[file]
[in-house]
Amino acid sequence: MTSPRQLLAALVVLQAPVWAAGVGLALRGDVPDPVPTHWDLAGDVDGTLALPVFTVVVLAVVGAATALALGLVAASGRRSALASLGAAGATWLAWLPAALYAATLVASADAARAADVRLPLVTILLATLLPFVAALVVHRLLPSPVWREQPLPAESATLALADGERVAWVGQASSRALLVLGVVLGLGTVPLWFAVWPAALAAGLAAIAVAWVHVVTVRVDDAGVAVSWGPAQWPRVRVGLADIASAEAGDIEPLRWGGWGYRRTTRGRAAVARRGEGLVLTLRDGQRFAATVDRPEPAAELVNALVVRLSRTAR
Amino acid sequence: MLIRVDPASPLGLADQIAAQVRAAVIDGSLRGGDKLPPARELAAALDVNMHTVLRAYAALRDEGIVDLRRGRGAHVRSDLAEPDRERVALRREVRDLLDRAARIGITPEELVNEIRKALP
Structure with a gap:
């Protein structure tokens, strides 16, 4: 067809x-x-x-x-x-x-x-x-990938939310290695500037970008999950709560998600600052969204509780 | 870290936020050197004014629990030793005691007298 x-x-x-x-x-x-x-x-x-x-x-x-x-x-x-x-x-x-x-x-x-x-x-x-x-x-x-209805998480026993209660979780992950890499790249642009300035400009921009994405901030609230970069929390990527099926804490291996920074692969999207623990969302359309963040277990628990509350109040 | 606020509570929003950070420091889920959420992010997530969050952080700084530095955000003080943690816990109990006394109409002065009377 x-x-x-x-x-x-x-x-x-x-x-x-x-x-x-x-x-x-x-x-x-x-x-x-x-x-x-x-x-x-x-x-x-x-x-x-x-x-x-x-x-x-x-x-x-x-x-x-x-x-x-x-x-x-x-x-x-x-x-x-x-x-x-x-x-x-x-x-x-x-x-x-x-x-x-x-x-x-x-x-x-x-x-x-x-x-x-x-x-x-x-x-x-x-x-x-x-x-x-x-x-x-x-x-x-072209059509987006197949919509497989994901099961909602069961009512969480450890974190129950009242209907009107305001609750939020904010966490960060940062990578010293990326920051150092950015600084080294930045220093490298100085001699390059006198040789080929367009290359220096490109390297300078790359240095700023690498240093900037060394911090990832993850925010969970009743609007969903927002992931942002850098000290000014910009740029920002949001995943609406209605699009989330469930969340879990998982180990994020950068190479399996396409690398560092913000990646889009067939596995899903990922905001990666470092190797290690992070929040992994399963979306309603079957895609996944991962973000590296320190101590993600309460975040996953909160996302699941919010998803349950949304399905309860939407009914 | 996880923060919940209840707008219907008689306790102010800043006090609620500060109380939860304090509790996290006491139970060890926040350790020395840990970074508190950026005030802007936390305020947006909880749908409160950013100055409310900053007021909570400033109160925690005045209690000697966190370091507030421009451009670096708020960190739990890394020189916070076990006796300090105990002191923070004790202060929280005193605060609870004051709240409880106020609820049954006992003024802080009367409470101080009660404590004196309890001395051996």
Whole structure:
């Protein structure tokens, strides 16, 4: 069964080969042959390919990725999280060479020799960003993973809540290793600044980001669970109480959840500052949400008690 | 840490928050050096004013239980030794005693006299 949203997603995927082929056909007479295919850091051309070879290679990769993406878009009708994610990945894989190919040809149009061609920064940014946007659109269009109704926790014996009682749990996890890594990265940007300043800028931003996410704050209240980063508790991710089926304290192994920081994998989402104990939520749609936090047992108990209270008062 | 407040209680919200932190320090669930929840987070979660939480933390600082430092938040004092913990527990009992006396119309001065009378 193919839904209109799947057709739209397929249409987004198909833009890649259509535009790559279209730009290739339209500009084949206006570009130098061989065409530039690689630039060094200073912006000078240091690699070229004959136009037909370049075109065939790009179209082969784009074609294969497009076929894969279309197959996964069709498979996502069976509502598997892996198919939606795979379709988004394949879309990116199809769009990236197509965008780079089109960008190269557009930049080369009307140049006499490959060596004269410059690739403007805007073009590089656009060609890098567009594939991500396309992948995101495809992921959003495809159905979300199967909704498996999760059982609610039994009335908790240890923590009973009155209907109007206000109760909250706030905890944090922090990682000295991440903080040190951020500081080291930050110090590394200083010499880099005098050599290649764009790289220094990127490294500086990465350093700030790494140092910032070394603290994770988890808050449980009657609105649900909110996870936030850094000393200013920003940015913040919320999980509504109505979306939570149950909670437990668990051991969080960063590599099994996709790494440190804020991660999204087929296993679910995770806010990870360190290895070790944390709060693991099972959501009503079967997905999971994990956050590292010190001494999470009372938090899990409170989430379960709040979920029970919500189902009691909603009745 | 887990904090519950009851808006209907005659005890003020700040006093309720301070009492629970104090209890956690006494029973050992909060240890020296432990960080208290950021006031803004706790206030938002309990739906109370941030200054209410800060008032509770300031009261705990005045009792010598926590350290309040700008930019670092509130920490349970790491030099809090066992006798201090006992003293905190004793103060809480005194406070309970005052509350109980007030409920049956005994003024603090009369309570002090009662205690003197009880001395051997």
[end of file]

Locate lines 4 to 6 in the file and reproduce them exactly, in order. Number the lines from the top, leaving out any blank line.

Structure with a gap:
């Protein structure tokens, strides 16, 4: 067809x-x-x-x-x-x-x-x-990938939310290695500037970008999950709560998600600052969204509780 | 870290936020050197004014629990030793005691007298 x-x-x-x-x-x-x-x-x-x-x-x-x-x-x-x-x-x-x-x-x-x-x-x-x-x-x-209805998480026993209660979780992950890499790249642009300035400009921009994405901030609230970069929390990527099926804490291996920074692969999207623990969302359309963040277990628990509350109040 | 606020509570929003950070420091889920959420992010997530969050952080700084530095955000003080943690816990109990006394109409002065009377 x-x-x-x-x-x-x-x-x-x-x-x-x-x-x-x-x-x-x-x-x-x-x-x-x-x-x-x-x-x-x-x-x-x-x-x-x-x-x-x-x-x-x-x-x-x-x-x-x-x-x-x-x-x-x-x-x-x-x-x-x-x-x-x-x-x-x-x-x-x-x-x-x-x-x-x-x-x-x-x-x-x-x-x-x-x-x-x-x-x-x-x-x-x-x-x-x-x-x-x-x-x-x-x-x-072209059509987006197949919509497989994901099961909602069961009512969480450890974190129950009242209907009107305001609750939020904010966490960060940062990578010293990326920051150092950015600084080294930045220093490298100085001699390059006198040789080929367009290359220096490109390297300078790359240095700023690498240093900037060394911090990832993850925010969970009743609007969903927002992931942002850098000290000014910009740029920002949001995943609406209605699009989330469930969340879990998982180990994020950068190479399996396409690398560092913000990646889009067939596995899903990922905001990666470092190797290690992070929040992994399963979306309603079957895609996944991962973000590296320190101590993600309460975040996953909160996302699941919010998803349950949304399905309860939407009914 | 996880923060919940209840707008219907008689306790102010800043006090609620500060109380939860304090509790996290006491139970060890926040350790020395840990970074508190950026005030802007936390305020947006909880749908409160950013100055409310900053007021909570400033109160925690005045209690000697966190370091507030421009451009670096708020960190739990890394020189916070076990006796300090105990002191923070004790202060929280005193605060609870004051709240409880106020609820049954006992003024802080009367409470101080009660404590004196309890001395051996």
Whole structure: